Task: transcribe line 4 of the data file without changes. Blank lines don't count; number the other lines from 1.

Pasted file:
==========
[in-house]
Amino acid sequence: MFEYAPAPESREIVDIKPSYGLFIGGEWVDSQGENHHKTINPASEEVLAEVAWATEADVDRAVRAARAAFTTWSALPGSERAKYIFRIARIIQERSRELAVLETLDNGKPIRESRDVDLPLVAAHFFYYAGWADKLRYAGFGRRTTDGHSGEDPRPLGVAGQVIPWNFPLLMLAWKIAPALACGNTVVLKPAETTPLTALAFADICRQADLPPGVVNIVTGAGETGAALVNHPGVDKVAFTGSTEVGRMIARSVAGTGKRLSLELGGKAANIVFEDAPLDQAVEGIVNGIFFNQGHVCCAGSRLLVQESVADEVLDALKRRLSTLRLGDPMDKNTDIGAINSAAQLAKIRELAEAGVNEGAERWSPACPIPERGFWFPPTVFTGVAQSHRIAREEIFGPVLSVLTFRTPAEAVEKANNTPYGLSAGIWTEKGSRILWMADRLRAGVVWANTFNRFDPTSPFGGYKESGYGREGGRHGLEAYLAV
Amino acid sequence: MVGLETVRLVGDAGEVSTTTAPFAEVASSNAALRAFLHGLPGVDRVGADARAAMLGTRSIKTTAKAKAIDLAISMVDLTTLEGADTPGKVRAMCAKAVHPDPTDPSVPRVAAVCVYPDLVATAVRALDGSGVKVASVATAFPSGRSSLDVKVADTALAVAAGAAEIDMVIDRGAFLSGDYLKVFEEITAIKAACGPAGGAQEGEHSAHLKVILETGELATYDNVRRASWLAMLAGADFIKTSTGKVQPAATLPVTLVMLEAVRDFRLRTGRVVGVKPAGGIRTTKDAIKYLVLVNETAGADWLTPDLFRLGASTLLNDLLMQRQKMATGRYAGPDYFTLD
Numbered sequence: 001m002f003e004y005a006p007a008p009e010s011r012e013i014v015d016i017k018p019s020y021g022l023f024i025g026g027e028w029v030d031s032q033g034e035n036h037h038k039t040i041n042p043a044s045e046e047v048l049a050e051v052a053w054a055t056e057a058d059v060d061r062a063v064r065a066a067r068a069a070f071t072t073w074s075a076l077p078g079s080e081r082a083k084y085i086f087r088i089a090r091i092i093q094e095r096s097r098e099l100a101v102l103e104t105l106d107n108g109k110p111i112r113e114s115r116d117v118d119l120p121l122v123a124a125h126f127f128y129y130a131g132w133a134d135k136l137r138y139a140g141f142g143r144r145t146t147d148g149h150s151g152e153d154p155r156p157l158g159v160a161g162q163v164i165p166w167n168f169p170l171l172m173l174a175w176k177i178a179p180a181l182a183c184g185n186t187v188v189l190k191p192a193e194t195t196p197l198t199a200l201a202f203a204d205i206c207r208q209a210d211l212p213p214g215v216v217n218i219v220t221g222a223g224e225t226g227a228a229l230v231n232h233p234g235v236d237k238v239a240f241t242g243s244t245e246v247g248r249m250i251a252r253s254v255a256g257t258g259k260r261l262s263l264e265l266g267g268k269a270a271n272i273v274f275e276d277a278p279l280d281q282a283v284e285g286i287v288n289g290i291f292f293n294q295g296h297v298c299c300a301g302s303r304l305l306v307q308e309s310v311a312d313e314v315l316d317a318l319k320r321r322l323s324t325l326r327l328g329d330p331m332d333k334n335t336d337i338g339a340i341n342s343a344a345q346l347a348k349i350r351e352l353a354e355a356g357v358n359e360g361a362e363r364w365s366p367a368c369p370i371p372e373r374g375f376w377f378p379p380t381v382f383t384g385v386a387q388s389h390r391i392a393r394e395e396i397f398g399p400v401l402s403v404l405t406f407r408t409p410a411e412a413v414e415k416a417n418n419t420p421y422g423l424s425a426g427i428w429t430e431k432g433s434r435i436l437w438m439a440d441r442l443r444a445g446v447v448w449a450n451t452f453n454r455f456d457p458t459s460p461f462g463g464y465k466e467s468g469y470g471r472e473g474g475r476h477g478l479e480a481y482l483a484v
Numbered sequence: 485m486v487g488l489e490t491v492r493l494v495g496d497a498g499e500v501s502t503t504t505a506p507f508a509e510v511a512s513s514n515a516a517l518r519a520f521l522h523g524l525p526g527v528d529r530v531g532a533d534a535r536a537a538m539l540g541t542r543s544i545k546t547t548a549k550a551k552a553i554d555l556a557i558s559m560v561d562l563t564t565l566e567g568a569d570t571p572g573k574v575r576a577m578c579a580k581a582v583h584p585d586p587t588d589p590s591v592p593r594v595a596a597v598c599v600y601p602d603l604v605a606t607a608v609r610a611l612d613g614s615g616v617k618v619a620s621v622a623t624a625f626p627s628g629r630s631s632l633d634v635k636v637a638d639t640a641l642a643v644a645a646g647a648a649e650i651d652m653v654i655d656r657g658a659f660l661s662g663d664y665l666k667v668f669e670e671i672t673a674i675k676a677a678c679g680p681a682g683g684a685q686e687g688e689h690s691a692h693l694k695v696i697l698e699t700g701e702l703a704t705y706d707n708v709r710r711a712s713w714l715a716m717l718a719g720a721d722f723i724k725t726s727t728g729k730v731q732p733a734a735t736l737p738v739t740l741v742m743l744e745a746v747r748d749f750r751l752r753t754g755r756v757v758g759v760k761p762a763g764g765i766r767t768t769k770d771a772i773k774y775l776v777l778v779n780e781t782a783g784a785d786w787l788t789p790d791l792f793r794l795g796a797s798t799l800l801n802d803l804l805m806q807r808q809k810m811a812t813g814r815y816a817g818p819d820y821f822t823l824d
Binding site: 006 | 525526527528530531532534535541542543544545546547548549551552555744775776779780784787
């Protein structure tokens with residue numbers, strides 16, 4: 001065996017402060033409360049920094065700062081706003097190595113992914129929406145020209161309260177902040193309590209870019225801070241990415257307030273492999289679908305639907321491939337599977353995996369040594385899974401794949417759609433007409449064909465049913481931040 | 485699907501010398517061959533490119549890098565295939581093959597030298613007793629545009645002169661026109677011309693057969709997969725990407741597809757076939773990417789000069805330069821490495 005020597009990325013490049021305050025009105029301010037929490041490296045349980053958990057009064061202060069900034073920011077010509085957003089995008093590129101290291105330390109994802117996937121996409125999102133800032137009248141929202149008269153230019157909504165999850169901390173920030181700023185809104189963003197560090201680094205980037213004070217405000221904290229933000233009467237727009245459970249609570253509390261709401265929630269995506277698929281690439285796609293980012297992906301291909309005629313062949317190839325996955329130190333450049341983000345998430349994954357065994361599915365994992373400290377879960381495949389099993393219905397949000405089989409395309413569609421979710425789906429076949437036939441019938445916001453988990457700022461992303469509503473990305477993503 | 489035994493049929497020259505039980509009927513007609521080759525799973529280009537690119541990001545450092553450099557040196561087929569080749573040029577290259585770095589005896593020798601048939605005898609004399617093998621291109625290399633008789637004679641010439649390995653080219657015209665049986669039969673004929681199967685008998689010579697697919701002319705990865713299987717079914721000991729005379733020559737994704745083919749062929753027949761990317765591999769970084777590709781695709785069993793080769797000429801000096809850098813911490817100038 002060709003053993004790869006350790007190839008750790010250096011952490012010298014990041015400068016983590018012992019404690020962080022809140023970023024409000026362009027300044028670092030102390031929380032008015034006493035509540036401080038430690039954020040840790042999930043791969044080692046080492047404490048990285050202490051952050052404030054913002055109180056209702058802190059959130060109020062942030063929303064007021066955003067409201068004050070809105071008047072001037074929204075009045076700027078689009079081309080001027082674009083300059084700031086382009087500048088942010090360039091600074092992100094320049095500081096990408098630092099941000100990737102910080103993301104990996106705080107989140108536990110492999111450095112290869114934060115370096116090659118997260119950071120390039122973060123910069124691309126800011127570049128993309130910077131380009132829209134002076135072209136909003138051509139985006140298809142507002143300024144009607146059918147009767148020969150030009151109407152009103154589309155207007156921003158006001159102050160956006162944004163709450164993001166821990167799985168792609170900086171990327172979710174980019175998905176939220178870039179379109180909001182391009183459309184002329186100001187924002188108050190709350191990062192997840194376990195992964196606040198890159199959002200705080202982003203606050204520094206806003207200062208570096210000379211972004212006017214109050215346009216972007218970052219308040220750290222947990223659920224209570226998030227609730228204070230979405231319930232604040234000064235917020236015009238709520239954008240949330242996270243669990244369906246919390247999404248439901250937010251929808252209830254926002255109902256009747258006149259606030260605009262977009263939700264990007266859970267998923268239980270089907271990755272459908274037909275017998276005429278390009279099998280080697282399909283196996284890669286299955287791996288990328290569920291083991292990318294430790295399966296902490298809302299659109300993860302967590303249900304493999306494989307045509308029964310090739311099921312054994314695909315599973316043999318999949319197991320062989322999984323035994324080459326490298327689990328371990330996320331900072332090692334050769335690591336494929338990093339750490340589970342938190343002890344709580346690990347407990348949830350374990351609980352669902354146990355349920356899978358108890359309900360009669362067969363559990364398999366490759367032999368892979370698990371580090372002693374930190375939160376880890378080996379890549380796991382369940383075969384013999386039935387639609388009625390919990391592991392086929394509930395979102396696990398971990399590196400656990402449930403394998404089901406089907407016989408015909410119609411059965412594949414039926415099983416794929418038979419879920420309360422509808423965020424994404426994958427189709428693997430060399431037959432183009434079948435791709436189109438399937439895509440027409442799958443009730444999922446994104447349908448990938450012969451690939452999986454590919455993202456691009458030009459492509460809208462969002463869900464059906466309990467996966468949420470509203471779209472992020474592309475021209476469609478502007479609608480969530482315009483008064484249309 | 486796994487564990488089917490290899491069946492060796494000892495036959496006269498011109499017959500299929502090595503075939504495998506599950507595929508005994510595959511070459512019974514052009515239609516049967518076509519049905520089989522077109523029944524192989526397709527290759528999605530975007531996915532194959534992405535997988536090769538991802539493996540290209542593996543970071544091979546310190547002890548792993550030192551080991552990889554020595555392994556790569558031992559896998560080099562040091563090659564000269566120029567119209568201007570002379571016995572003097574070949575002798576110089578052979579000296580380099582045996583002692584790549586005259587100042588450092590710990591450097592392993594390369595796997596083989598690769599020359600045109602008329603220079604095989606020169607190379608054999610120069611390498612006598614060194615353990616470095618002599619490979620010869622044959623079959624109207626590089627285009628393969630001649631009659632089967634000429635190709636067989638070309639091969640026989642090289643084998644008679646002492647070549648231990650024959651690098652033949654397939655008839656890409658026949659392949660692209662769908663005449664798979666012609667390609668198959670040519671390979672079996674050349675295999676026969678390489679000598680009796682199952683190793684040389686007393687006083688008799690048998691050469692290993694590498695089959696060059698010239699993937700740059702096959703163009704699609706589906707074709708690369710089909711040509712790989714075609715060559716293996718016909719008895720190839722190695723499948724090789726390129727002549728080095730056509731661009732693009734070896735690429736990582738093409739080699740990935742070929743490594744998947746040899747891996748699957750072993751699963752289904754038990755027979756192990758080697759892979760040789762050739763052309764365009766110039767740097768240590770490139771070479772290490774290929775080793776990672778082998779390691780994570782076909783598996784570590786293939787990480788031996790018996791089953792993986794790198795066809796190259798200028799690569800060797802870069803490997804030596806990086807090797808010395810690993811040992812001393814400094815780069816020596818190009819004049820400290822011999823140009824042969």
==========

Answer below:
Numbered sequence: 001m002f003e004y005a006p007a008p009e010s011r012e013i014v015d016i017k018p019s020y021g022l023f024i025g026g027e028w029v030d031s032q033g034e035n036h037h038k039t040i041n042p043a044s045e046e047v048l049a050e051v052a053w054a055t056e057a058d059v060d061r062a063v064r065a066a067r068a069a070f071t072t073w074s075a076l077p078g079s080e081r082a083k084y085i086f087r088i089a090r091i092i093q094e095r096s097r098e099l100a101v102l103e104t105l106d107n108g109k110p111i112r113e114s115r116d117v118d119l120p121l122v123a124a125h126f127f128y129y130a131g132w133a134d135k136l137r138y139a140g141f142g143r144r145t146t147d148g149h150s151g152e153d154p155r156p157l158g159v160a161g162q163v164i165p166w167n168f169p170l171l172m173l174a175w176k177i178a179p180a181l182a183c184g185n186t187v188v189l190k191p192a193e194t195t196p197l198t199a200l201a202f203a204d205i206c207r208q209a210d211l212p213p214g215v216v217n218i219v220t221g222a223g224e225t226g227a228a229l230v231n232h233p234g235v236d237k238v239a240f241t242g243s244t245e246v247g248r249m250i251a252r253s254v255a256g257t258g259k260r261l262s263l264e265l266g267g268k269a270a271n272i273v274f275e276d277a278p279l280d281q282a283v284e285g286i287v288n289g290i291f292f293n294q295g296h297v298c299c300a301g302s303r304l305l306v307q308e309s310v311a312d313e314v315l316d317a318l319k320r321r322l323s324t325l326r327l328g329d330p331m332d333k334n335t336d337i338g339a340i341n342s343a344a345q346l347a348k349i350r351e352l353a354e355a356g357v358n359e360g361a362e363r364w365s366p367a368c369p370i371p372e373r374g375f376w377f378p379p380t381v382f383t384g385v386a387q388s389h390r391i392a393r394e395e396i397f398g399p400v401l402s403v404l405t406f407r408t409p410a411e412a413v414e415k416a417n418n419t420p421y422g423l424s425a426g427i428w429t430e431k432g433s434r435i436l437w438m439a440d441r442l443r444a445g446v447v448w449a450n451t452f453n454r455f456d457p458t459s460p461f462g463g464y465k466e467s468g469y470g471r472e473g474g475r476h477g478l479e480a481y482l483a484v